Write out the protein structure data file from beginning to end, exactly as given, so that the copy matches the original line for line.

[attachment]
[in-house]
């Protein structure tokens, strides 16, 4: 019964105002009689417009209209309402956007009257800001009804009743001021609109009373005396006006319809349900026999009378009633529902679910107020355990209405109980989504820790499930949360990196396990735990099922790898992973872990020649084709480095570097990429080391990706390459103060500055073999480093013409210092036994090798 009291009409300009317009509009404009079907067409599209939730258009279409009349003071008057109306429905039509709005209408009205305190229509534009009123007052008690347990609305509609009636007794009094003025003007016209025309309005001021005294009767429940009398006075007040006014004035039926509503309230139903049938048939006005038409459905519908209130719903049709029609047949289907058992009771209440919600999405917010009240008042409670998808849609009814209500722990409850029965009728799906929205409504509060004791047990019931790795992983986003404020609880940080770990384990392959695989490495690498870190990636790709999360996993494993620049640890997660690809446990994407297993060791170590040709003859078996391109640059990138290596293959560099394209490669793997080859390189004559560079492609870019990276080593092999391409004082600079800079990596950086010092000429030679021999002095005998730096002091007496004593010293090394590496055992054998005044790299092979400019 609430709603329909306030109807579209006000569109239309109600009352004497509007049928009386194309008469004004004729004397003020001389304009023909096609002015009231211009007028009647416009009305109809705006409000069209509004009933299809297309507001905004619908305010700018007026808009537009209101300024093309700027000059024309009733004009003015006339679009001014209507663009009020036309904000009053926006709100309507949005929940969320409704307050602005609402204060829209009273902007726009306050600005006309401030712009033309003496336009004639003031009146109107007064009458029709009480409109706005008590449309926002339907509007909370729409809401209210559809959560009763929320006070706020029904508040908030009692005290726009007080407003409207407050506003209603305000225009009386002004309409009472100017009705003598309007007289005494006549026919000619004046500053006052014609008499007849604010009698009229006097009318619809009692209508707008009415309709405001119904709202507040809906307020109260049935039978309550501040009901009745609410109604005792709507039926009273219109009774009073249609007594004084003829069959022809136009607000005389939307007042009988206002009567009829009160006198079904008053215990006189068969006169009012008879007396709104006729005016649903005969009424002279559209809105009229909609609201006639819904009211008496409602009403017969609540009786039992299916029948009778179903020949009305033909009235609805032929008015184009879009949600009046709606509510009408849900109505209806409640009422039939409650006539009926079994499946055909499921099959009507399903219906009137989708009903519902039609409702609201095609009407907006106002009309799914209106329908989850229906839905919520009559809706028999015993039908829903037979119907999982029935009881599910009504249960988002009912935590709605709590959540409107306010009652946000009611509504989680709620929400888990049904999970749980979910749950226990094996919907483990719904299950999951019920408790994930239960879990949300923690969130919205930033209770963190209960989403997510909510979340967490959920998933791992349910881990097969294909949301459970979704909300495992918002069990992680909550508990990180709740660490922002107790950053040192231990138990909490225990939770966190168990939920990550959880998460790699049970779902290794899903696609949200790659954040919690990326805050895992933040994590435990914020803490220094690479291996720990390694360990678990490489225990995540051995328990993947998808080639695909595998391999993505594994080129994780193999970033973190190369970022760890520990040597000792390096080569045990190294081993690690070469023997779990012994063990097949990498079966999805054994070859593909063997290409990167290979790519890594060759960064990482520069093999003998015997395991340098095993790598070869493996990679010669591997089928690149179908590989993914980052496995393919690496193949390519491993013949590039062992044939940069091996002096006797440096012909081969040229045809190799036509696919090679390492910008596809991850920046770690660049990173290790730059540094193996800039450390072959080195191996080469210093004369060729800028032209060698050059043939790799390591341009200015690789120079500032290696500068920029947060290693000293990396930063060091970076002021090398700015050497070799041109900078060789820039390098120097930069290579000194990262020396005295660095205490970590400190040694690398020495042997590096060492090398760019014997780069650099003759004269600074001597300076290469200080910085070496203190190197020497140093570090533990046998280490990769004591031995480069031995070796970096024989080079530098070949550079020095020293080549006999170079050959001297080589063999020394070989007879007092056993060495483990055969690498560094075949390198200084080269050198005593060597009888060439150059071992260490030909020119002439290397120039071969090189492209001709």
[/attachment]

[in-house]
């Protein structure tokens, strides 16, 4: 019964105002009689417009209209309402956007009257800001009804009743001021609109009373005396006006319809349900026999009378009633529902679910107020355990209405109980989504820790499930949360990196396990735990099922790898992973872990020649084709480095570097990429080391990706390459103060500055073999480093013409210092036994090798 009291009409300009317009509009404009079907067409599209939730258009279409009349003071008057109306429905039509709005209408009205305190229509534009009123007052008690347990609305509609009636007794009094003025003007016209025309309005001021005294009767429940009398006075007040006014004035039926509503309230139903049938048939006005038409459905519908209130719903049709029609047949289907058992009771209440919600999405917010009240008042409670998808849609009814209500722990409850029965009728799906929205409504509060004791047990019931790795992983986003404020609880940080770990384990392959695989490495690498870190990636790709999360996993494993620049640890997660690809446990994407297993060791170590040709003859078996391109640059990138290596293959560099394209490669793997080859390189004559560079492609870019990276080593092999391409004082600079800079990596950086010092000429030679021999002095005998730096002091007496004593010293090394590496055992054998005044790299092979400019 609430709603329909306030109807579209006000569109239309109600009352004497509007049928009386194309008469004004004729004397003020001389304009023909096609002015009231211009007028009647416009009305109809705006409000069209509004009933299809297309507001905004619908305010700018007026808009537009209101300024093309700027000059024309009733004009003015006339679009001014209507663009009020036309904000009053926006709100309507949005929940969320409704307050602005609402204060829209009273902007726009306050600005006309401030712009033309003496336009004639003031009146109107007064009458029709009480409109706005008590449309926002339907509007909370729409809401209210559809959560009763929320006070706020029904508040908030009692005290726009007080407003409207407050506003209603305000225009009386002004309409009472100017009705003598309007007289005494006549026919000619004046500053006052014609008499007849604010009698009229006097009318619809009692209508707008009415309709405001119904709202507040809906307020109260049935039978309550501040009901009745609410109604005792709507039926009273219109009774009073249609007594004084003829069959022809136009607000005389939307007042009988206002009567009829009160006198079904008053215990006189068969006169009012008879007396709104006729005016649903005969009424002279559209809105009229909609609201006639819904009211008496409602009403017969609540009786039992299916029948009778179903020949009305033909009235609805032929008015184009879009949600009046709606509510009408849900109505209806409640009422039939409650006539009926079994499946055909499921099959009507399903219906009137989708009903519902039609409702609201095609009407907006106002009309799914209106329908989850229906839905919520009559809706028999015993039908829903037979119907999982029935009881599910009504249960988002009912935590709605709590959540409107306010009652946000009611509504989680709620929400888990049904999970749980979910749950226990094996919907483990719904299950999951019920408790994930239960879990949300923690969130919205930033209770963190209960989403997510909510979340967490959920998933791992349910881990097969294909949301459970979704909300495992918002069990992680909550508990990180709740660490922002107790950053040192231990138990909490225990939770966190168990939920990550959880998460790699049970779902290794899903696609949200790659954040919690990326805050895992933040994590435990914020803490220094690479291996720990390694360990678990490489225990995540051995328990993947998808080639695909595998391999993505594994080129994780193999970033973190190369970022760890520990040597000792390096080569045990190294081993690690070469023997779990012994063990097949990498079966999805054994070859593909063997290409990167290979790519890594060759960064990482520069093999003998015997395991340098095993790598070869493996990679010669591997089928690149179908590989993914980052496995393919690496193949390519491993013949590039062992044939940069091996002096006797440096012909081969040229045809190799036509696919090679390492910008596809991850920046770690660049990173290790730059540094193996800039450390072959080195191996080469210093004369060729800028032209060698050059043939790799390591341009200015690789120079500032290696500068920029947060290693000293990396930063060091970076002021090398700015050497070799041109900078060789820039390098120097930069290579000194990262020396005295660095205490970590400190040694690398020495042997590096060492090398760019014997780069650099003759004269600074001597300076290469200080910085070496203190190197020497140093570090533990046998280490990769004591031995480069031995070796970096024989080079530098070949550079020095020293080549006999170079050959001297080589063999020394070989007879007092056993060495483990055969690498560094075949390198200084080269050198005593060597009888060439150059071992260490030909020119002439290397120039071969090189492209001709």